I don’t write about current events for a number of reasons: because a lot of other people do, because I’m often not well-informed, and because when I write about others’ actions I tend to blame and judge, which is not helpful. But it seems ridiculous to write a blog on July 7, 2016, that does not take into account the killings of black men on July 5 and 6 in Baton Rouge and St. Paul.
The problem is, I am white. I will never know what it means to worry that, despite all my warnings, my son will leave his hoodie on as he walks to school leaving me to identify his body that night instead of feed him dinner.
I read an op-ed in the New York Times by Michael Eric Dyson, a black sociology professor at Georgetown University, who had little patience for white people who understand privilege because we aren’t doing anything. He said, “We don’t know…how to make you [white people] care enough to stop those who pull the triggers.”
“Care enough”—this is not a policy matter; this is a matter of the heart. Can I truly say that there is nothing of me reflected in the actions of these police officers? I hope I wouldn’t have acted as they did, but until I can love my neighbor as myself—not as much as myself, as Cynthia Bourgeault once explained, but as myself, that is, with a knowing that my neighbor is more myself than other—until I can do that, I am participating in this and all the violence in the world.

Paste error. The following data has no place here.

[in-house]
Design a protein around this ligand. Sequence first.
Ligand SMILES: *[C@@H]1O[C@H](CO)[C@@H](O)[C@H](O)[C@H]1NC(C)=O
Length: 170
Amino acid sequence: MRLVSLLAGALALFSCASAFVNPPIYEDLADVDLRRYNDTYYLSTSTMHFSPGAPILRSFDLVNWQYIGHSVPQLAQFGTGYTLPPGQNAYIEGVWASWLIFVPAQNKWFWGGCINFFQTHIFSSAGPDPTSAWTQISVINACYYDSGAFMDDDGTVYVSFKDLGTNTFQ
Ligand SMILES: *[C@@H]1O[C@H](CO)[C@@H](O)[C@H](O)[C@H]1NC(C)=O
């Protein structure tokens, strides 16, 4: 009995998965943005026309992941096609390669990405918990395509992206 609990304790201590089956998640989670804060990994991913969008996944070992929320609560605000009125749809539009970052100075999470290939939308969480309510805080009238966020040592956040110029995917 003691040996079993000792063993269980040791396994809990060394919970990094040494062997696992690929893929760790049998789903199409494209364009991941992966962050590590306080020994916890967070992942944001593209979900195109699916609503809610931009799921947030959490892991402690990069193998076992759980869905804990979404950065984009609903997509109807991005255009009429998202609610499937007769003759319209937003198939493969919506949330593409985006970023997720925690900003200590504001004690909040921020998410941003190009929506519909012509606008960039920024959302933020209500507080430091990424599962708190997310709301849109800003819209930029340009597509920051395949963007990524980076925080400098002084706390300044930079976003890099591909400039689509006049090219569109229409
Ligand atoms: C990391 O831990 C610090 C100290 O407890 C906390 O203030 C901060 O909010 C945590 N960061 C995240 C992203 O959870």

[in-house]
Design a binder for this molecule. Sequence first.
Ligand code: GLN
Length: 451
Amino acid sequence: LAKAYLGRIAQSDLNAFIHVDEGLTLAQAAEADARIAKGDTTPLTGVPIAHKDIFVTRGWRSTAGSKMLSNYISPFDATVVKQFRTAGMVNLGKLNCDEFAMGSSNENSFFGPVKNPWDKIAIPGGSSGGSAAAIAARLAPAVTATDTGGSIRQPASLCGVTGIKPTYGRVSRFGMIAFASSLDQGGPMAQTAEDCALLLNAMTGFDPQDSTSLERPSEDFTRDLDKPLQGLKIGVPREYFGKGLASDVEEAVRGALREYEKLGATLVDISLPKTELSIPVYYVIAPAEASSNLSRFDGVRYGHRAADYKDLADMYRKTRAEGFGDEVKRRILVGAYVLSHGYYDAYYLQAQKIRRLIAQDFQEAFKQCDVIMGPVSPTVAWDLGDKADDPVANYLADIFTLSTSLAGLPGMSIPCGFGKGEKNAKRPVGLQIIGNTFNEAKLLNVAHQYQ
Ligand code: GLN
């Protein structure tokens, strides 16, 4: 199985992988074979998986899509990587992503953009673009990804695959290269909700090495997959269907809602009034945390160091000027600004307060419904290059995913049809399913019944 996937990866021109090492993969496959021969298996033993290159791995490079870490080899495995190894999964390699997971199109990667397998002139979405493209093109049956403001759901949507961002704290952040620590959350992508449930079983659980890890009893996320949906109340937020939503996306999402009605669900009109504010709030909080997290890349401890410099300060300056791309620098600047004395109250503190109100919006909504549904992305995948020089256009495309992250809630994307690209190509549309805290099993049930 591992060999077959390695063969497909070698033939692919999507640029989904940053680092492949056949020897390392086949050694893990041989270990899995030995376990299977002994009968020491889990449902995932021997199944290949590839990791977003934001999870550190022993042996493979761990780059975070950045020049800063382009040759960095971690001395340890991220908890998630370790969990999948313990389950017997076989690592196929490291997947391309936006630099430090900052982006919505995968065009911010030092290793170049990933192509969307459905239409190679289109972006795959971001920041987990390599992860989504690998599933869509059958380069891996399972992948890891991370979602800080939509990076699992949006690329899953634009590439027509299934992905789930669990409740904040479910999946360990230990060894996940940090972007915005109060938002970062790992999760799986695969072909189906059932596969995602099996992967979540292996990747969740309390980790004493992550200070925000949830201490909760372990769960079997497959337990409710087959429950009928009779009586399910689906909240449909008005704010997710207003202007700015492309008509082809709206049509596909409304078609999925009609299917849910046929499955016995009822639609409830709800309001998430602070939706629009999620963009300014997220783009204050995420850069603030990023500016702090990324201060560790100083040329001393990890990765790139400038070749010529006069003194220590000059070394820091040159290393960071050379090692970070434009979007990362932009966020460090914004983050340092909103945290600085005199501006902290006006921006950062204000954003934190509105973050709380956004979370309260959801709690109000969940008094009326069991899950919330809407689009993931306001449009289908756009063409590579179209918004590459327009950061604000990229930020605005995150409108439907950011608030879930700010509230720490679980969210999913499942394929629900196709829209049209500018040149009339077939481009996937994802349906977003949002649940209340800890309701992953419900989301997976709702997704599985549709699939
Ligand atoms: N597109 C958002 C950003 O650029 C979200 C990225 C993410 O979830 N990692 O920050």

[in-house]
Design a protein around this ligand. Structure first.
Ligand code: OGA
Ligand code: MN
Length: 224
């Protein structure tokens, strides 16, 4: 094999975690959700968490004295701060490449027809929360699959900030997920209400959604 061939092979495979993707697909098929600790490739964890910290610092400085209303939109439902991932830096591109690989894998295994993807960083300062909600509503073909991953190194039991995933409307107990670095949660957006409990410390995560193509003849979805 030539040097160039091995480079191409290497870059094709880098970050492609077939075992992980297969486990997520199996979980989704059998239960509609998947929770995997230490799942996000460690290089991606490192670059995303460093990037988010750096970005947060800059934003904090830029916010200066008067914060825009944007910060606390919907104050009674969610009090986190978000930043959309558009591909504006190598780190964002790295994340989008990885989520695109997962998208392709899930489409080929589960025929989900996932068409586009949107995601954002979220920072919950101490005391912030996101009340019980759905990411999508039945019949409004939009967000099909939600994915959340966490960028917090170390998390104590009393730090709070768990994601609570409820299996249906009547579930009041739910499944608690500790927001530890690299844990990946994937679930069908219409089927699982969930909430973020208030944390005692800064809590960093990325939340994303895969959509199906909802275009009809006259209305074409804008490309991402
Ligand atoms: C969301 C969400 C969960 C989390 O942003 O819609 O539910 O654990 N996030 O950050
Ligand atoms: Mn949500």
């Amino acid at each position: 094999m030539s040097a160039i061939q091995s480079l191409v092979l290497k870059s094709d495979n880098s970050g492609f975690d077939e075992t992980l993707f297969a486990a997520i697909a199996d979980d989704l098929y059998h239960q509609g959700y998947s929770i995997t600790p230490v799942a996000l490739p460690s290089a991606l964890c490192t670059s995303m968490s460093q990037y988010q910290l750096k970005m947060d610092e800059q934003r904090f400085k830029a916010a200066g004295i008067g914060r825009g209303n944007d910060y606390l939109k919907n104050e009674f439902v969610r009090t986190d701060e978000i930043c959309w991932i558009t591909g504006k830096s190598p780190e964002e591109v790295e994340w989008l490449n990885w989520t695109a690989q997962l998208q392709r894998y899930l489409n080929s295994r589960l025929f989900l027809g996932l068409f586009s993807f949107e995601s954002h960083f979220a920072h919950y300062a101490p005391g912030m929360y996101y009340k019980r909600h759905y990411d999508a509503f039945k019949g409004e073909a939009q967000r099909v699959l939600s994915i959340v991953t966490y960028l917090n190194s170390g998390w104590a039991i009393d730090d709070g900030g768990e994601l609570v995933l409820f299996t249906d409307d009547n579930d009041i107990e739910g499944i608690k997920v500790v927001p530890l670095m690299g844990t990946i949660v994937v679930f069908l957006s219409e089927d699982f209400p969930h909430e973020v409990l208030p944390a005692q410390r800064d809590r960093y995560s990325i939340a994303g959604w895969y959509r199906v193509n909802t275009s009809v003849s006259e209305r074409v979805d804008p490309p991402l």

So how not to crawl into bed and pull the blanket over our heads because if you are like me, you know that perfection is not within your reach. My prejudices are legion, and they’ll never fully go away.
As my friend Barb Kollenkark wrote recently, the only healthy way to deal with darkness is to bring it into the light. Can we care enough to recognize and act with love toward our own darkness? Loving is not condoning. Loving is seeing it as it is—the woundedness that lies beneath it as well as the harm we have caused and are causing.
I doubt any of this would offer comfort to the loved ones of Alton Sterling and Philando Castile, nor, perhaps, should it. It is ours, white people’s, to bear the discomfort of what we have done—not by wallowing in guilt but by acknowledging our responsibility—to ask for God’s undeserved grace to heal us—because surely if we have done these things we are sick—and to act from this new place in a way that can help those we have decimated. “A pure heart create for me, O God.”